Environmental health groups renewed their calls for local government units to take action and ensure that disposable face masks and other protective equipment against the coronavirus disease be disposed of properly.
Various groups of citizens campaigning for the protection of human health and the environment cited the need to adopt new measures or strengthened existing ordinances in order to prevent the arbitrary disposal of disposal face masks, face shields, goggles, wipes and tissues.
The groups also cited that hand sanitizers and alcohol rubbing containers must be disposed properly as well.
Their statement was released days ahead of the observance of the World Environmental Health Day (WEHD) on September 26.
“As the WEHD is observed locally, we appeal to our LGUs to enact new ordinances or reinforce existing ones that will deter users of disposable face masks and other items for infection control from simply throwing them on the ground,” Pat Nicdao, EcoWaste Coalition‘s policy and advocacy officer, said in a release.
“The speedy enactment and genuine enforcement of such ordinances, along with effective public information and outreach, will surely help in reducing the volume of COVID-related plastic waste polluting our streets, beaches and seas,” she added.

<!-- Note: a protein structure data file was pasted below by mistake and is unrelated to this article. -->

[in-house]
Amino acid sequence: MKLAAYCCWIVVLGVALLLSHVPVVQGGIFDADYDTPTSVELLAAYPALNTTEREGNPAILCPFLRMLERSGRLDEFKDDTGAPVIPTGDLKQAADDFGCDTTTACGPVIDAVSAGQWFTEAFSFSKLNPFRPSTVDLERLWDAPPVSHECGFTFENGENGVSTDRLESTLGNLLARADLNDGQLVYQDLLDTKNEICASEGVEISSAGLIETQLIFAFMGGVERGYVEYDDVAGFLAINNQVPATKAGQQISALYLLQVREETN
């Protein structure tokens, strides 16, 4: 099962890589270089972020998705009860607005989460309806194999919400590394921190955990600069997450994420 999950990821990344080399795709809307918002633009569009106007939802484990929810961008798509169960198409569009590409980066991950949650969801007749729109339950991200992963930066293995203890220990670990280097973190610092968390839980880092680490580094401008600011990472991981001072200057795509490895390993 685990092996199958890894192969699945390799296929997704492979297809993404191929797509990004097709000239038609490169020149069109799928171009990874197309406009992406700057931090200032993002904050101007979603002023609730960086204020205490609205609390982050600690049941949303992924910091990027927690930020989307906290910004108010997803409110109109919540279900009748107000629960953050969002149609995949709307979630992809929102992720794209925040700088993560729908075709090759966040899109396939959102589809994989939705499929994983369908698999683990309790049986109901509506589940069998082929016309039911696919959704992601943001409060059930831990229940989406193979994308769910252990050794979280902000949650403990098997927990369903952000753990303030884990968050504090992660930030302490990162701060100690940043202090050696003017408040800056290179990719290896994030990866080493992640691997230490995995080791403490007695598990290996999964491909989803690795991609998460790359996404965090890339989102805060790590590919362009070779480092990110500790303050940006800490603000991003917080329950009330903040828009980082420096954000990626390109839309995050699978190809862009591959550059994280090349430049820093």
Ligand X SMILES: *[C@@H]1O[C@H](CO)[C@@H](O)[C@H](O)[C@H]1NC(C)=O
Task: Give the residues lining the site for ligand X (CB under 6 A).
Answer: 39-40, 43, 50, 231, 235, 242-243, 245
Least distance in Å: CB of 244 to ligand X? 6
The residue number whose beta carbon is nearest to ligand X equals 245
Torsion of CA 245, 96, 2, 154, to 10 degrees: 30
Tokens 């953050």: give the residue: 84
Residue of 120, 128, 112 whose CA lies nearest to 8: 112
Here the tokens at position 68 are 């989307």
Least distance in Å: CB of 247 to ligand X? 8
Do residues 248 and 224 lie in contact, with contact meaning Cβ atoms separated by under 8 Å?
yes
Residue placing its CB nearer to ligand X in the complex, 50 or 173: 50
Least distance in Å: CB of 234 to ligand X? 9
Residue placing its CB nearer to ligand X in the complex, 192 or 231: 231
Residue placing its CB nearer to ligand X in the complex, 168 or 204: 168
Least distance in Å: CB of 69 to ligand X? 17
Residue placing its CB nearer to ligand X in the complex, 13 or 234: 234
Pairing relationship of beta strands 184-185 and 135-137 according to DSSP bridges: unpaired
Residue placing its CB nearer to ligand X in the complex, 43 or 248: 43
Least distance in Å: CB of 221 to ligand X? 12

Chinkie Peliño-Golle of the Interfacing Development Interventions for Sustainability explained that the passage of such measures is “essential to promote environmental health given the unhampered supply of cheap single-use non-medical grade masks in the market.”
“Local authorities should expand information, education and communication efforts on the proper use and management of protective masks, including the ecological benefits of reusable or washable cloth masks over disposable plastic ones,” she said.
LGUs that are on the process of creating similar local ordinances in Metro Manila include the cities of Manila, Navotas and Quezon, Cebu City in the Visayas Region and Davao City in Mindanao.
WEHD was adopted by the Philippines when President Rodrigo Duterte issued Proclamation No 595 in 2018 which mandates government agencies to observe the event and identify activities that instill environmental health consciousness
Last month, Philstar.com reported that infectious medical wastes have been piling up amid the rise of coronavirus disease cases in the country.
These include used personal protective equipment, dressings, swabs, blood bags, urine bags, sputum cups, syringes, test tubes and histopathological waste.
Liquid waste such as urine, blood and other body fluids are also treated as infectious waste.
San Lazaro Hospital, a 500-bed capacity medical facility, has been reported to generate an average of 10,000 kilograms of infectious medical waste every month.
The Department of Environment and Natural Resources were worried that if such medical wastes are not handled correctly, it might end up in seas and rivers.